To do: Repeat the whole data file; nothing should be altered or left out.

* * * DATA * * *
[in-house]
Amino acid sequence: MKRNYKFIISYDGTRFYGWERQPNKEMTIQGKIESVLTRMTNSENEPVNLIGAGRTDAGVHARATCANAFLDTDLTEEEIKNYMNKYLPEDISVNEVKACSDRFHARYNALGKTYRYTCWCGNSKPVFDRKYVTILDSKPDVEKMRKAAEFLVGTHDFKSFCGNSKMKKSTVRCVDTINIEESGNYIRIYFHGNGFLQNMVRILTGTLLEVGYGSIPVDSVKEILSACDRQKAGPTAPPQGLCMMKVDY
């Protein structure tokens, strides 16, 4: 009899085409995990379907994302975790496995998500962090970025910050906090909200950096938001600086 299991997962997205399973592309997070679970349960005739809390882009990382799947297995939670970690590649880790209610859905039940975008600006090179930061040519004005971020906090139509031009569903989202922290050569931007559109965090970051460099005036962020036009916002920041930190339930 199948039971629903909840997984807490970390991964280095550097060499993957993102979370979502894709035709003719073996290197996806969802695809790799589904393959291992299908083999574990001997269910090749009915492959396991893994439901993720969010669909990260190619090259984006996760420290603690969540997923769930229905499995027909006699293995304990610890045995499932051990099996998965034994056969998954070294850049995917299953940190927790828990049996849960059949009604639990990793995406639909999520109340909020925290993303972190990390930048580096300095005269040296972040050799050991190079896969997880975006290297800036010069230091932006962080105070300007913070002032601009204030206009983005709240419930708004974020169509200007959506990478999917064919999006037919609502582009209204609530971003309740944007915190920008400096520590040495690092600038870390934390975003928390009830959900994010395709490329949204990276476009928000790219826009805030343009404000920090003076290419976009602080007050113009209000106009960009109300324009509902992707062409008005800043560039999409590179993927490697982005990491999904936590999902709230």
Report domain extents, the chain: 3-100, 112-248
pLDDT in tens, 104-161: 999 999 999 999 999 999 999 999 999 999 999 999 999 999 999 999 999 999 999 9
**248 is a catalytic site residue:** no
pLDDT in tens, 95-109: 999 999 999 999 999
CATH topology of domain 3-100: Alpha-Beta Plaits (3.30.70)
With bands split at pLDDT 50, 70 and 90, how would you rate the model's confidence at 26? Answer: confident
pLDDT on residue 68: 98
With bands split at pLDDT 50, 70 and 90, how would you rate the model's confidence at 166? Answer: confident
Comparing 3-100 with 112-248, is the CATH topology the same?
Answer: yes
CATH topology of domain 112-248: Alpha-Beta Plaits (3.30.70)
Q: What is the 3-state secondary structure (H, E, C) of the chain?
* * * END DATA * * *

[in-house]
Amino acid sequence: MKRNYKFIISYDGTRFYGWERQPNKEMTIQGKIESVLTRMTNSENEPVNLIGAGRTDAGVHARATCANAFLDTDLTEEEIKNYMNKYLPEDISVNEVKACSDRFHARYNALGKTYRYTCWCGNSKPVFDRKYVTILDSKPDVEKMRKAAEFLVGTHDFKSFCGNSKMKKSTVRCVDTINIEESGNYIRIYFHGNGFLQNMVRILTGTLLEVGYGSIPVDSVKEILSACDRQKAGPTAPPQGLCMMKVDY
């Protein structure tokens, strides 16, 4: 009899085409995990379907994302975790496995998500962090970025910050906090909200950096938001600086 299991997962997205399973592309997070679970349960005739809390882009990382799947297995939670970690590649880790209610859905039940975008600006090179930061040519004005971020906090139509031009569903989202922290050569931007559109965090970051460099005036962020036009916002920041930190339930 199948039971629903909840997984807490970390991964280095550097060499993957993102979370979502894709035709003719073996290197996806969802695809790799589904393959291992299908083999574990001997269910090749009915492959396991893994439901993720969010669909990260190619090259984006996760420290603690969540997923769930229905499995027909006699293995304990610890045995499932051990099996998965034994056969998954070294850049995917299953940190927790828990049996849960059949009604639990990793995406639909999520109340909020925290993303972190990390930048580096300095005269040296972040050799050991190079896969997880975006290297800036010069230091932006962080105070300007913070002032601009204030206009983005709240419930708004974020169509200007959506990478999917064919999006037919609502582009209204609530971003309740944007915190920008400096520590040495690092600038870390934390975003928390009830959900994010395709490329949204990276476009928000790219826009805030343009404000920090003076290419976009602080007050113009209000106009960009109300324009509902992707062409008005800043560039999409590179993927490697982005990491999904936590999902709230």
Report domain extents, the chain: 3-100, 112-248
pLDDT in tens, 104-161: 999 999 999 999 999 999 999 999 999 999 999 999 999 999 999 999 999 999 999 9
**248 is a catalytic site residue:** no
pLDDT in tens, 95-109: 999 999 999 999 999
CATH topology of domain 3-100: Alpha-Beta Plaits (3.30.70)
With bands split at pLDDT 50, 70 and 90, how would you rate the model's confidence at 26? Answer: confident
pLDDT on residue 68: 98
With bands split at pLDDT 50, 70 and 90, how would you rate the model's confidence at 166? Answer: confident
Comparing 3-100 with 112-248, is the CATH topology the same?
Answer: yes
CATH topology of domain 112-248: Alpha-Beta Plaits (3.30.70)
Q: What is the 3-state secondary structure (H, E, C) of the chain?